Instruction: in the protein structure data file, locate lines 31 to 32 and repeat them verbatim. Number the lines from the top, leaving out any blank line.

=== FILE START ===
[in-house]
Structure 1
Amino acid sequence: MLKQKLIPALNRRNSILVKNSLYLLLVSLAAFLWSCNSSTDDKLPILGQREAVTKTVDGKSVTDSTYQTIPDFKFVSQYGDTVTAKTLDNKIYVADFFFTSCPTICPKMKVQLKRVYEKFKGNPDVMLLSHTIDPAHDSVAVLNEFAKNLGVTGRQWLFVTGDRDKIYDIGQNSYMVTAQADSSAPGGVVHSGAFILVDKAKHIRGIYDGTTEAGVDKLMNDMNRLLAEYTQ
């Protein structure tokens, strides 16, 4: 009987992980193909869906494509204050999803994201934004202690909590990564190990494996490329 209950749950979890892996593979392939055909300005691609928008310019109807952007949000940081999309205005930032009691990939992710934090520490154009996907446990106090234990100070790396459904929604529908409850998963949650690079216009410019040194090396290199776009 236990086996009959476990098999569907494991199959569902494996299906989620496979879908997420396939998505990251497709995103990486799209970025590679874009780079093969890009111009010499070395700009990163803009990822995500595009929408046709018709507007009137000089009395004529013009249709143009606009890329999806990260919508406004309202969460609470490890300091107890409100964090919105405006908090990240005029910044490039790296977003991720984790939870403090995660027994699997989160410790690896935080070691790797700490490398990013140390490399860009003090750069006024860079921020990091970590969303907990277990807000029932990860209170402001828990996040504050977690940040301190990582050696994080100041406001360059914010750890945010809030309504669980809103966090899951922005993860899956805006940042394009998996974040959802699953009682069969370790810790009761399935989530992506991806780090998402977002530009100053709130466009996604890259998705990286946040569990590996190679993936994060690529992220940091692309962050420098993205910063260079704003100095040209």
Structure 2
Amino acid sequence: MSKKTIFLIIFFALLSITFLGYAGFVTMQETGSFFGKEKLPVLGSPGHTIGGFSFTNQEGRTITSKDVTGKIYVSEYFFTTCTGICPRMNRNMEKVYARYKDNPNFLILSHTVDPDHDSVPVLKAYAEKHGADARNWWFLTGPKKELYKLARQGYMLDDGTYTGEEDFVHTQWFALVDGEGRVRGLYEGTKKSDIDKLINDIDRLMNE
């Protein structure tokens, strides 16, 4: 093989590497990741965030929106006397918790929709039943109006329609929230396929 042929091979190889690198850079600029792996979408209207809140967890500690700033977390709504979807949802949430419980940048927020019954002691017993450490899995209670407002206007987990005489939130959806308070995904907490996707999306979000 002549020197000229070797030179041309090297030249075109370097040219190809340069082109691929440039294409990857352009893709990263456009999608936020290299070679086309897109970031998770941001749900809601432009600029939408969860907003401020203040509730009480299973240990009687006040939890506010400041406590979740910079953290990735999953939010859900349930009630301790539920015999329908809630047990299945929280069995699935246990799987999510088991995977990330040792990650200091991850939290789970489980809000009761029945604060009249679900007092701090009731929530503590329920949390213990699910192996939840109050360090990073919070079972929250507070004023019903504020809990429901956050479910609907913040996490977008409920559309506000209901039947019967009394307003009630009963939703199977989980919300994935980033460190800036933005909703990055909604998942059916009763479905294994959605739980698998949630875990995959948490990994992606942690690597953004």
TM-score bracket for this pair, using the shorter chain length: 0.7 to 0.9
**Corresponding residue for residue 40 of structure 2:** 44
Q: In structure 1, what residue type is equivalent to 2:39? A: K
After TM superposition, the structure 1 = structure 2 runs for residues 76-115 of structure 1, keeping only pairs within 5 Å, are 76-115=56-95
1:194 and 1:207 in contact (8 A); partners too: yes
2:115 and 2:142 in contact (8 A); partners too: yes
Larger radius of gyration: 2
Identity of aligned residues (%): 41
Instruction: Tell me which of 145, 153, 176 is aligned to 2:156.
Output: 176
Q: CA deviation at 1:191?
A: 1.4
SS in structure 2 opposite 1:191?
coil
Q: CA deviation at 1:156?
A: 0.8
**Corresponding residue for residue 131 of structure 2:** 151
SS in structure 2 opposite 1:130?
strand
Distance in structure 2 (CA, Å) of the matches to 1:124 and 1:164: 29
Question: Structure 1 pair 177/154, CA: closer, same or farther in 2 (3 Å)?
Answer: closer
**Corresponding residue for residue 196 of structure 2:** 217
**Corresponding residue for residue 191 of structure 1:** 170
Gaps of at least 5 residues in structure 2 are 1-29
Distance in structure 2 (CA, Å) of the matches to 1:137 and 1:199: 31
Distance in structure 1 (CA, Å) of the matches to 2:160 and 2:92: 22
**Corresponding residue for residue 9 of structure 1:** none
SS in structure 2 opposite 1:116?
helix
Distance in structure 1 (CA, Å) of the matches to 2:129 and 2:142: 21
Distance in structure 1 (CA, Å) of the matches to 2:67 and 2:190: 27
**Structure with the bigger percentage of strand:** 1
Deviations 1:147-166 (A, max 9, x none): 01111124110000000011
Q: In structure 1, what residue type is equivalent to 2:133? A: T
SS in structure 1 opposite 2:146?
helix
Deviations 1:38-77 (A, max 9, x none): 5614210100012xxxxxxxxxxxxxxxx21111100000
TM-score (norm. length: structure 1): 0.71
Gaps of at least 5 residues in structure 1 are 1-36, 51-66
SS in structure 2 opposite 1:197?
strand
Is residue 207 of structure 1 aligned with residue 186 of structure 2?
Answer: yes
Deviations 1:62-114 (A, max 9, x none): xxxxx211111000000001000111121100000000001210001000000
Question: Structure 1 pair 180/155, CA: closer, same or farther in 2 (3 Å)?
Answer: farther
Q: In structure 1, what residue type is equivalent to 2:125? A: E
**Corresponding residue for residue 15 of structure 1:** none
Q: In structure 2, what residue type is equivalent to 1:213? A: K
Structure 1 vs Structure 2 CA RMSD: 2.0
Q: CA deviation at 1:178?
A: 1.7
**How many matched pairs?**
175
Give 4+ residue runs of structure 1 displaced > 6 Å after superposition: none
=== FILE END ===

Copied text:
**Corresponding residue for residue 191 of structure 1:** 170
Gaps of at least 5 residues in structure 2 are 1-29